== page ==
Compiled by Gary L. Heinmiller, Craft Freemasonry in Dutchess County, New York, (Onondaga & Oswego Masonic Districts Historical Societies, March 2010).

Proceedings of the Grand Chapter of Royal Arch Masons of the State of New York, Volume 1. 1798-1853. (Buffalo, New York:  Grand Chapter, 1871).

Please Pass the Butter! A New Acquisition

2014_021a-dDP1DBAs we always like to tell people, the Scottish Rite Masonic Museum & Library actively collects not just Masonic objects and documents, but items associated with all types of American fraternal groups.  Recently we purchased this butter dish, which is engraved on one side, “Pilgrim Lodge No. 75 I.O.O.F.”  Like many Masonic lodges and groups, other fraternities, such as the Independent Order of Odd Fellows lodge that owned this butter dish, often combined social activities, like a meal, with their meetings.  This butter dish may have been part of a set of serving dishes that the lodge purchased for use at group meals.  The dish was manufactured by the Wilcox Silverplate Company of Meriden, Connecticut, which was established in 1865 and merged with several other companies to become the International Silverplate Company in 1898.

Pilgrim Lodge No. 75 was founded in Abington, Massachusetts, in 1845.  After meeting for almost 15 years, during which time the lodge paid out about $600 for benefits and buried one member, the lodge surrendered its charter in 1859.  In 1871, the Grand Lodge of Massachusetts, I.O.O.F., reinstated Pilgrim Lodge No. 75.  At its first meeting, three members of the old lodge joined five members from Mattakeeset Lodge No. 110 and ten new initiates to begin a new era of its existence.  In 1873, the lodge purchased the town’s old high school building and fitted it up as a hall.  This may be when they purchased this butter dish, although it is impossible to know without more information.  Over the next ten years, members from Pilgrim Lodge went on to start Odd Fellows lodges in Rockland, Bridgewater and South Abington. 95_061_25DI1

A quick search of our collections database for “Pilgrim Lodge No. 75” also turned up a World War I ID tag, or “dog tag.”  Unfortunately, we do not know who the tag originally belonged to, but it is stamped with the Odd Fellows three-link chain and the words “Pilgrim Lodge No. 75 IOOF.”  World War I marked the first time that Americans fought after identification tags were made mandatory in the Army Regulations of 1913.  However, the serial number system was not adopted until 1918, so many World War I-era tags, like this one, do not include a number.

Independent Order of Odd Fellows Pilgrim Lodge No. 75 Butter Dish, 1871-1900, Wilcox Silverplate Company, Meriden, CT, Museum Purchase, 2014.021a-d.  Photograph by David Bohl.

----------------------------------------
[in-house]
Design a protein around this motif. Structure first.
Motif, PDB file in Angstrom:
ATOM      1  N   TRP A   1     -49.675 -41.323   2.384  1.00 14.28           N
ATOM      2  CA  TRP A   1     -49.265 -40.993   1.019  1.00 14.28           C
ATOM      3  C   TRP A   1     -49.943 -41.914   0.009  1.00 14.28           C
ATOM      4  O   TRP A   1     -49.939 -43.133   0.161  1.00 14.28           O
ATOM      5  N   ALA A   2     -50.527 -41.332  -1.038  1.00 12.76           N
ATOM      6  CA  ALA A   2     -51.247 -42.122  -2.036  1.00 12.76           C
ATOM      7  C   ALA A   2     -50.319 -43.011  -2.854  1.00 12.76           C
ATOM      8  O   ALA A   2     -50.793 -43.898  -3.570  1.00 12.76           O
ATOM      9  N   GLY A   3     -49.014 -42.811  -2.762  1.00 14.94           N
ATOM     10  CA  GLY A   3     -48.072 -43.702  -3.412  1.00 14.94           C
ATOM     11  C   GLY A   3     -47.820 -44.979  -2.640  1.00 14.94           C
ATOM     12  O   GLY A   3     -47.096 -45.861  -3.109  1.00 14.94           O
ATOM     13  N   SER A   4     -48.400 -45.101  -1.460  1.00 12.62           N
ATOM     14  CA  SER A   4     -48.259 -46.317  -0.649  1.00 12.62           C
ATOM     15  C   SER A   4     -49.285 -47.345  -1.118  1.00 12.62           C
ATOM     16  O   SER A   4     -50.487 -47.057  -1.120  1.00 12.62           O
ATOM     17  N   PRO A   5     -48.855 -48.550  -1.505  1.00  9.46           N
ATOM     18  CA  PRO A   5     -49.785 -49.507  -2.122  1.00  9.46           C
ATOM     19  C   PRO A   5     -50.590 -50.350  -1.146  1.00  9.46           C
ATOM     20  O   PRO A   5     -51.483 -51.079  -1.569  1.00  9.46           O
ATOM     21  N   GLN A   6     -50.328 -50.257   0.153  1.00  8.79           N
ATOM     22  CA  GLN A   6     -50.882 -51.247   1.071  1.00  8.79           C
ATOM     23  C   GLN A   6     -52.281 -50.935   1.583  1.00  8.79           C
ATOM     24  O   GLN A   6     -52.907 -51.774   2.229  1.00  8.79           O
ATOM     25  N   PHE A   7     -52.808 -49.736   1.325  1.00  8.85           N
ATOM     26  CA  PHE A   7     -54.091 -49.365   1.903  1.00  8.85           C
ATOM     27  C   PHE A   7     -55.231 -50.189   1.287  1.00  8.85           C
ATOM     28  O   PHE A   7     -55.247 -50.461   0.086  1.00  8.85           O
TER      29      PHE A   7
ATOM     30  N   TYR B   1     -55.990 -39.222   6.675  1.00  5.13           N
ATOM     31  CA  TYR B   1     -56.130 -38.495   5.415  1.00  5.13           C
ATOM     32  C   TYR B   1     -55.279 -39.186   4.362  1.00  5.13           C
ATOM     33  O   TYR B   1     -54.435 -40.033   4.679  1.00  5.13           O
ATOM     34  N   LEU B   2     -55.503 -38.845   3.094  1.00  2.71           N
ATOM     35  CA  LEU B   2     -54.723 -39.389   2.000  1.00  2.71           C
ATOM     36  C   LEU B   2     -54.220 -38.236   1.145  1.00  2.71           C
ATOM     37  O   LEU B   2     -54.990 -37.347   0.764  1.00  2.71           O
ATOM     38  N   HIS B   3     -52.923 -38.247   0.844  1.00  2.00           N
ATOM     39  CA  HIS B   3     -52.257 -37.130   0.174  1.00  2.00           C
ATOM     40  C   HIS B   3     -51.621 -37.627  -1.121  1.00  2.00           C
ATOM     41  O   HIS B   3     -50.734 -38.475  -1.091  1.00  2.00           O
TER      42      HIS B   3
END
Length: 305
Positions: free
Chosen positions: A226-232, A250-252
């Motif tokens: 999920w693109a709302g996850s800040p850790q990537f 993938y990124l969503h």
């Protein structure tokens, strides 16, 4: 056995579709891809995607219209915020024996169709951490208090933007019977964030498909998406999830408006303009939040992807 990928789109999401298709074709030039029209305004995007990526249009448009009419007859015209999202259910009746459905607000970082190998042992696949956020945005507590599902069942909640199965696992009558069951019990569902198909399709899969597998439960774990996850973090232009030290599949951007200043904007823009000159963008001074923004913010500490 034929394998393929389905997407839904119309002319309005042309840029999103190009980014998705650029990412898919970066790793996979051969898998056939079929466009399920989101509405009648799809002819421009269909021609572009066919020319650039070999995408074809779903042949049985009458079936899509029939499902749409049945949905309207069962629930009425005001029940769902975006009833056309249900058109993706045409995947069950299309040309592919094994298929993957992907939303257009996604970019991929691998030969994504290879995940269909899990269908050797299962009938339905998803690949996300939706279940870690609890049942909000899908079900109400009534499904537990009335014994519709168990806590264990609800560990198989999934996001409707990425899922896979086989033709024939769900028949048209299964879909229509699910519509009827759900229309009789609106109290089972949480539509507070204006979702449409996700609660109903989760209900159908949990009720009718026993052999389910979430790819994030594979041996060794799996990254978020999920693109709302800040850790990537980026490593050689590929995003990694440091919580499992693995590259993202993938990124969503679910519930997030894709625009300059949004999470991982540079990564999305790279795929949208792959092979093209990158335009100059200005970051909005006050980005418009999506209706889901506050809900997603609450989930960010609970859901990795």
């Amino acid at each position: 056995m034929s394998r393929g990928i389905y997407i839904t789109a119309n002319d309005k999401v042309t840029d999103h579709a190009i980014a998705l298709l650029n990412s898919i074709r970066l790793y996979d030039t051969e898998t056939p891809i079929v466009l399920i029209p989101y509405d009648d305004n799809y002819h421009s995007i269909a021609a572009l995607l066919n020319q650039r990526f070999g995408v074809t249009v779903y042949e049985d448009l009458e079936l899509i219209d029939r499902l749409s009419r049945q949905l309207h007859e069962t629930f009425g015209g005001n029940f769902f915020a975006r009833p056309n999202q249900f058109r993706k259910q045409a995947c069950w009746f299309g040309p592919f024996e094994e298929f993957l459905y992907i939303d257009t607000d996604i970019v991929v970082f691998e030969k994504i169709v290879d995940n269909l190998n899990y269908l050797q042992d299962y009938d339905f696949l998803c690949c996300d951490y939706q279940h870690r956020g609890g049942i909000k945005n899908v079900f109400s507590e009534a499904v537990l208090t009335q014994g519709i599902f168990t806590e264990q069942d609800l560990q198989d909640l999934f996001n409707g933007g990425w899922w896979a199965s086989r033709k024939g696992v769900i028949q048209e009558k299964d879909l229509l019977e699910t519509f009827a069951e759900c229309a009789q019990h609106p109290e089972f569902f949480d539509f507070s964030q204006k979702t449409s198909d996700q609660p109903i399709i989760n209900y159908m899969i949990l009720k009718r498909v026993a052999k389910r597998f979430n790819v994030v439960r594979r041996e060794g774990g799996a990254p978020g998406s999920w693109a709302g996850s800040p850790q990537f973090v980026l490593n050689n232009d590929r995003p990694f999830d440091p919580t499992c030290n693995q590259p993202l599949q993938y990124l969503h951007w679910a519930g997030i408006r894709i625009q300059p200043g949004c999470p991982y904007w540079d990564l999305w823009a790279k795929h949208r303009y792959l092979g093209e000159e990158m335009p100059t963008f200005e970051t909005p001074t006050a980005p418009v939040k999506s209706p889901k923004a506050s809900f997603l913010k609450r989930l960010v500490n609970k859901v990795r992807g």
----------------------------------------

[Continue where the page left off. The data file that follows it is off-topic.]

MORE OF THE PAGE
Independent Order of Odd Fellows World War I Dog Tag, 1917-1919, unidentified maker, United States, gift of Jacques Noel Jacobsen Jr., 95.061.25.


D. Hamilton Hurd, comp., History of Plymouth County, Massachusetts, Philadelphia: J.W. Lewis & Co., 1884.

Masonic Emblem Cards: Victorian Tradition in a Fraternal World

Bulman, Austin"Masonic Emblem Cards: Victorian Tradition in a Fraternal World" is currently on view in the Van Gorden-Williams Library & Archives reading room at the Scottish Rite Masonic Museum & Library. Drawing from hundreds of such cards in the Library & Archives collection, the three cases in the reading room feature examples of these small but interesting objects.

The custom and etiquette surrounding the use of calling cards in the United States was well established by the mid-1800s. Often simply printed with the owner’s name, these cards formed part of an elaborate ritual of visiting friends’ and acquaintances’ homes. The timing of visits, who might leave a card for whom, and even folded card corners allowed people to send and receive socially coded messages.

Calvent, Charles BAlthough similar in form, the Masonic calling cards currently on view functioned somewhat differently. Masons and printers referred to cards as emblem and exchange cards; names that reflected both the cards’ decoration and their use. Most of the cards on view here were explicitly made for and used at Triennial Conclaves, conventions of thousands of Masonic Knights Templar took place every three years. These gatherings often involved cross-country railroad journeys--called pilgrimages--of large groups of Masons and their families.

Although mostly created for York Rite events, the cards often list all of a man’s Masonic affiliations, including Blue Lodge, Scottish Rite, and Shrine. Women and children participated in social events surrounding the Conclave and sometimes had their own cards. On view in the reading room are examples of not only Mason’s cards, but those of wives, sons, and daughters.

Hoppock, JosephUnlike traditional calling cards, which were usually left by a visitor to a home, these emblem cards were likely exchanged in person between Masons. Recipients valued them as souvenirs. The cards on view are a window on to past social practices and a reminder that the urge to connect and collect is not new. Today many Masons carry “Masonic business cards” which detail Masonic affiliations. They exchange them with other Masons, at meetings and social events, continuing the tradition established over a century ago.

Have a Masonic business card? Visiting the Museum? Want to donate it to the Library & Archives? Drop one off in the container on the reference desk.


Austin Bulman Card, 1880-1900. Scottish Rite Masonic Museum & Library, Collection of Knights Templar Calling Cards, MA009, Museum Purchase.

Charles B. Calvert Card, 1880-1900. Scottish Rite Masonic Museum & Library, Masonic Calling Cards, MA056, Museum Purchase.

Joseph Hoppock Card, 1888-1905. Scottish Rite Masonic Museum & Library, Masonic Calling Cards, MA056, Museum Purchase.